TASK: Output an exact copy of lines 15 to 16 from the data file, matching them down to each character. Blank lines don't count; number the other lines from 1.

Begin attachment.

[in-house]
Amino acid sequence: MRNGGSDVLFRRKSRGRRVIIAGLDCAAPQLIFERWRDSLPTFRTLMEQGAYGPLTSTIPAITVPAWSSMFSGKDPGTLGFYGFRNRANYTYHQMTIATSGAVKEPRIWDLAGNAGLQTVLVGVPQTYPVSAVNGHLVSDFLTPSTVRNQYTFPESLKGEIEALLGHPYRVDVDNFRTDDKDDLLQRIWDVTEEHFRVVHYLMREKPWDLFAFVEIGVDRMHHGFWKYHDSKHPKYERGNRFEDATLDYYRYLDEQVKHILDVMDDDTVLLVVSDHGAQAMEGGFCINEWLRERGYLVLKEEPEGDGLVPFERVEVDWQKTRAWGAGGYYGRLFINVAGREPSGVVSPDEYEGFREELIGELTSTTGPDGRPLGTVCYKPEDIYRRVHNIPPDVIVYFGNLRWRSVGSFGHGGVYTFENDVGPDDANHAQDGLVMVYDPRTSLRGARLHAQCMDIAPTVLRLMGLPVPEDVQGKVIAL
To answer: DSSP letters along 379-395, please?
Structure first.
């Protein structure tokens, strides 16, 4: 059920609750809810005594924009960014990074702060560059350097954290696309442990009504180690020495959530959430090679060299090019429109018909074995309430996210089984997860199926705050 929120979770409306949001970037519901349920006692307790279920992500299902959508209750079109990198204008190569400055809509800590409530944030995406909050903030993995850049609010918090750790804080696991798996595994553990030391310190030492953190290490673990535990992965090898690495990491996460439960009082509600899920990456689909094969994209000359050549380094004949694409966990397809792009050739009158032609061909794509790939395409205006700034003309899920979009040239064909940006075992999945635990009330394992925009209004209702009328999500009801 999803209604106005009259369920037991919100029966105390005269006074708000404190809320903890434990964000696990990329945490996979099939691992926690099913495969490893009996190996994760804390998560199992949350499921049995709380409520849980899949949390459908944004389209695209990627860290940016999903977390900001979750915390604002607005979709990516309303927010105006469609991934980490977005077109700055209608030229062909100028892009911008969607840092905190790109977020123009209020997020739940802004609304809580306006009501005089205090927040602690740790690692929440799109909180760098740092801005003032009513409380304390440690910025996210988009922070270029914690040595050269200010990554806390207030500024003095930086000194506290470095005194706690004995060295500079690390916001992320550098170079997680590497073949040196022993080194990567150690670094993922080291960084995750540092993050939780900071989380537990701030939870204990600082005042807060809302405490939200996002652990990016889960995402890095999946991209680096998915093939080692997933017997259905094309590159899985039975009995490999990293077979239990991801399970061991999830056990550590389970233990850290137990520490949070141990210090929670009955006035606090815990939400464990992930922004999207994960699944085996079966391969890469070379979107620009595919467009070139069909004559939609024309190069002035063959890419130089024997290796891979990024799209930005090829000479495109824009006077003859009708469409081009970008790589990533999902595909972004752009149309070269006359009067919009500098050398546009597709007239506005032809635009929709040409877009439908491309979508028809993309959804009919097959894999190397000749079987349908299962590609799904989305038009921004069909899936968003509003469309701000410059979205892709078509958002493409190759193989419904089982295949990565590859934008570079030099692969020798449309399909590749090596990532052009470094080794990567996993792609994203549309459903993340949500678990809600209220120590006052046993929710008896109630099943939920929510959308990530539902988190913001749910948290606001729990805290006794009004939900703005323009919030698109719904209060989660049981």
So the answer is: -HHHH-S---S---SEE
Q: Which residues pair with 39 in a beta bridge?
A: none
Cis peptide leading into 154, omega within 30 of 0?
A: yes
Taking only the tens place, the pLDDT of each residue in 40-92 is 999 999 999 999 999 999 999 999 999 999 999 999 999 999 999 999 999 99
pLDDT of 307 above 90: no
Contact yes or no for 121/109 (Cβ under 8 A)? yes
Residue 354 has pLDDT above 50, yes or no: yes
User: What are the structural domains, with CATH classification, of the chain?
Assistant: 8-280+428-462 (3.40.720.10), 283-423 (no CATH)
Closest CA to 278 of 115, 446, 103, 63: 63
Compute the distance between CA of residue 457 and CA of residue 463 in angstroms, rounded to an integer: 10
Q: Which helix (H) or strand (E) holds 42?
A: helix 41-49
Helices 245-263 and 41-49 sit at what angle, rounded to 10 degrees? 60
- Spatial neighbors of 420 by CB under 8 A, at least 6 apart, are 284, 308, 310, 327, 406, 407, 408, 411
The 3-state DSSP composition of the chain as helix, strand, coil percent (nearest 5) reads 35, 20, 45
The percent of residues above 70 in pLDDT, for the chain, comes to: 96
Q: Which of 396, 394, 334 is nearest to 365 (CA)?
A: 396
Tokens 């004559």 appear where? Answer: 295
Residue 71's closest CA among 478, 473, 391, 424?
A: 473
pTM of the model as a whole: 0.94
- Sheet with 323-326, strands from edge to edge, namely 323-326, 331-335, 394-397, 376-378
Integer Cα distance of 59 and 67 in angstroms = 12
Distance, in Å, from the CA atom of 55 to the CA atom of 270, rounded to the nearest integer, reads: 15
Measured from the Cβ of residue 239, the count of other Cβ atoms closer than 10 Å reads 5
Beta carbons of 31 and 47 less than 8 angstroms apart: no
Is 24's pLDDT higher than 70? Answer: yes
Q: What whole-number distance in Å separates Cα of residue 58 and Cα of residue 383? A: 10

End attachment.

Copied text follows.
User: What are the structural domains, with CATH classification, of the chain?
Assistant: 8-280+428-462 (3.40.720.10), 283-423 (no CATH)